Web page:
Transmission Question

Transmission Question


North Carolina
70 CJ5 bone stock still. V-6 Dauntless, 3 speed manual, like i said, all stock...for now.
I am looking at buying a used T-14 to replace the transmission in my 70 CJ5 . The transmission I had was also a T-14 , now my question is there any difference from 1970 and a 1972 T-14 ? Any info would be greatly appreciated.
Sorry for the long read, this is taken from Novak's site. It looks like as long as you arent trying to use one from a Dauntless Buick 225 V6 to a AMC 232 i6 /AMC 258 i6 / 4.2l or vice versa, you are ok. The input is different.

The Novak Guide to the
Borg-Warner T-14 Transmission

The Borg-Warner T-14 is a lighter-duty, three-speed transmission, introduced in the 1967 CJ5 and C101, and was offered in Jeeps up through 1975. The T-14 was found only behind the Dauntless Buick 225 V6 engine until 1972, when it was provided as the base transmission for the AMC 232 i6 and AMC 258 i6 / 4.2l I6 engines.

The T-14 is a top loaded, top shifting transmission using a cane shift lever.
The T-14 is fully synchronized in all forward gears and all gears are helically cut. It uses sliding clutch collars in lieu of sliding gears as found in other, earlier Borg Warner three speeds.


The T-14 transmission is 9-11/16" long and features a cast iron top cover that is retained by six bolts. The main case is of cast iron. The case itself has two protruding bosses as provisions for side-shifting actuators, however, no known Jeep side-shift applications are known.

All T-14 transmissions have a 1-3/16" x 10 spline output shaft for mounting the transfer case input gear (or Overdrive barrel gear). The T-14 was the only Jeep transmission to feature this distinctive spline configuration.

The T-14 may have the following casting numbers: T-14 , T14AA or 1302 and these are typically found on the passenger's side.
Make: Borg-Warner Gear
Length: 9-11/16 "
Weight: 80 lbs.
Case: Cast Iron
Top Cover: Cast Iron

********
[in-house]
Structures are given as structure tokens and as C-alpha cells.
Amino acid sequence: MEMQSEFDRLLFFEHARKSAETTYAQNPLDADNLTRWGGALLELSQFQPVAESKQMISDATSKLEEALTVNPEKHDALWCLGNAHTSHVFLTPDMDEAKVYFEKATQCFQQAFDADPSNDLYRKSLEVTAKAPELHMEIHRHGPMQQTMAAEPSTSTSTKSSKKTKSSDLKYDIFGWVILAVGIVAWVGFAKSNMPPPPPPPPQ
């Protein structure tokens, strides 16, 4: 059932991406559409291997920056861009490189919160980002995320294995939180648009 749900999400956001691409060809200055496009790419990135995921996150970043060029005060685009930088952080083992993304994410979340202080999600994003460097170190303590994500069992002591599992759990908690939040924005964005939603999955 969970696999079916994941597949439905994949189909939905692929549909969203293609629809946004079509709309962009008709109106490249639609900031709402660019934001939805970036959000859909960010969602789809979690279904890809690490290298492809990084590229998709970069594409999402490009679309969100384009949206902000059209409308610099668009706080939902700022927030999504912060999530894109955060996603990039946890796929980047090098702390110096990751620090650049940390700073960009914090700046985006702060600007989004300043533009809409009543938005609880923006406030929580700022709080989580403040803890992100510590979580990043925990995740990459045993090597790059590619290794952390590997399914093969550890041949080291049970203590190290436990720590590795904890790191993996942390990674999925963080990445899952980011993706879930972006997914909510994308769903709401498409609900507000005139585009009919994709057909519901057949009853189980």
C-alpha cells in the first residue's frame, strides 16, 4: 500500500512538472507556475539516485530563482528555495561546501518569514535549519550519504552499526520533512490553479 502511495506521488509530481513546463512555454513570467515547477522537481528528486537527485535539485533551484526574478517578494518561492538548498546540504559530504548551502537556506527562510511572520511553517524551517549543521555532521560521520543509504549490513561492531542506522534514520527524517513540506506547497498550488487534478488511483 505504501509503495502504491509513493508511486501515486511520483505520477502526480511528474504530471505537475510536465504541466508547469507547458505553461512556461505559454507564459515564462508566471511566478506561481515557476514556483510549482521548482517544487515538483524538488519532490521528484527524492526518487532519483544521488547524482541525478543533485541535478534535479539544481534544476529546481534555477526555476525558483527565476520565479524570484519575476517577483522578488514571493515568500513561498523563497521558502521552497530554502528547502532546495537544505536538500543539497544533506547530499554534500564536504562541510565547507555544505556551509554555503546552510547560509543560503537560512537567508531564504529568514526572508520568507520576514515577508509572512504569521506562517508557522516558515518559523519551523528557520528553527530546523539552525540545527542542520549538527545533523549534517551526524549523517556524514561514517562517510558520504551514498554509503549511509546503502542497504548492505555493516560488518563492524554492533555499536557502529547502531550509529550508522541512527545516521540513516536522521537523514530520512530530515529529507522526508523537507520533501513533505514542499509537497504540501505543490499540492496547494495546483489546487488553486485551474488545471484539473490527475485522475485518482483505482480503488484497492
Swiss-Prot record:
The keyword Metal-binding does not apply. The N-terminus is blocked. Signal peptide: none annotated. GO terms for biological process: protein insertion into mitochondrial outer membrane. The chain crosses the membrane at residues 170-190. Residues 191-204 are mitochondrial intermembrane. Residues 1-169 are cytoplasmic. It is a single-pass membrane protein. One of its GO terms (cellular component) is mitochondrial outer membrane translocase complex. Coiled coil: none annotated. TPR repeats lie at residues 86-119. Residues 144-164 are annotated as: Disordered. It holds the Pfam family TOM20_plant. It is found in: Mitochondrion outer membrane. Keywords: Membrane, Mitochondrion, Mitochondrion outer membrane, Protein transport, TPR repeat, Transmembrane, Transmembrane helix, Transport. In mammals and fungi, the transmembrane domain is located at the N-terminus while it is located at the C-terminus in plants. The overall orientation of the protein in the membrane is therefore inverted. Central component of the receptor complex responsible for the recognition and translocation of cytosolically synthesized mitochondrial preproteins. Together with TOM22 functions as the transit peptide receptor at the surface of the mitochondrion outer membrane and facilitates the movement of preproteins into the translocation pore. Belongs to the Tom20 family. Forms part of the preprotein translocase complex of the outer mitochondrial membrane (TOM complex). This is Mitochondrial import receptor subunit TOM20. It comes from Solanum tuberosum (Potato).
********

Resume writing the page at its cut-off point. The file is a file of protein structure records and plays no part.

PTO Ports: none
Gearing: 3.10, 1.61, 1.0, Rev. 3.10

Jeeps also had a T-86 transmission available with the Dauntless Buick 225 V6 from 1966-1969. It was similar in form and appearance, but its casting numbers will differentiate it from the T-14

There are two versions of the T-14 to note, depending on its year and mating engine. All early Dauntless Buick 225 V6 T-14 's used a different input shaft/gear than the later AMC 232 i6 & AMC 258 i6 / 4.2l T-14 's.

The T-14 and T-15 are similar in designation, and visually somewhat similar. However, the T-14 did use a three-bolt front bearing retainer whereas the T-15 used a four-bolt front bearing retainer.

Transfer Case Compatability

The Jeep T-14 was factory-married to the Jeep Dana Spicer Model 18 transfer case, and only the large (4") input bore versions.
T-14 was available attached to the Jeep Dana Spicer Model 20 transfer case in the 1972-1975 Jeeps.

The T-14 always used a 10-spline transfer input gear. An informative chart of these gears can be found here. Care should be taken when ordering adapters for transmissions replacing these 10-spline gearboxes.
Engine Compatibility and Adaptability
The earlier T-14 had a 1-1/8" x 10 spline input shaft (or "clutch shaft") and its pilot tip is ~19/32" in diameter. Later AMC era T-14 's had the same spline configuration, but the pilot tip increased in size to ~3/4" in diameter.


The T-14 used a standard Buick bellhousing from 1967-1970. It used a factory bellhousing adapter in cast iron during these years and a special input bearing retainer. It is also possible to adapt the T-14 to a variety of GM bellhousings with our T-14 adapter assembly.

While it is mechanically possible to marry many GM bellhousings to this adapter, stronger upgrade engines can be overwhelming to the T-14 , as it is a lighter-duty gearbox.

In 1971, AMC cast a special Buick bellhousing that was deeper, and machined to match the T-14 's native front bolt pattern. This unique bellhousing also used a special cable clutch release.
AMC 232 i6 & AMC 258 i6 / 4.2l

The 1972-1975 Jeeps with the AMC I6 had its own, dedicated bellhousing to the T-14 . This was a deeper bellhousing (~9") than the standard AMC bellhousings that would be released in 1976.
Appreciate the info, as much as i've been on Novaks site lately i'm surprised i hadn't found that myself. The good thing is if I decided to buy that transmission, which is from an inline six, Novak offers a pilot bushing that would fix the issue, thanks again.

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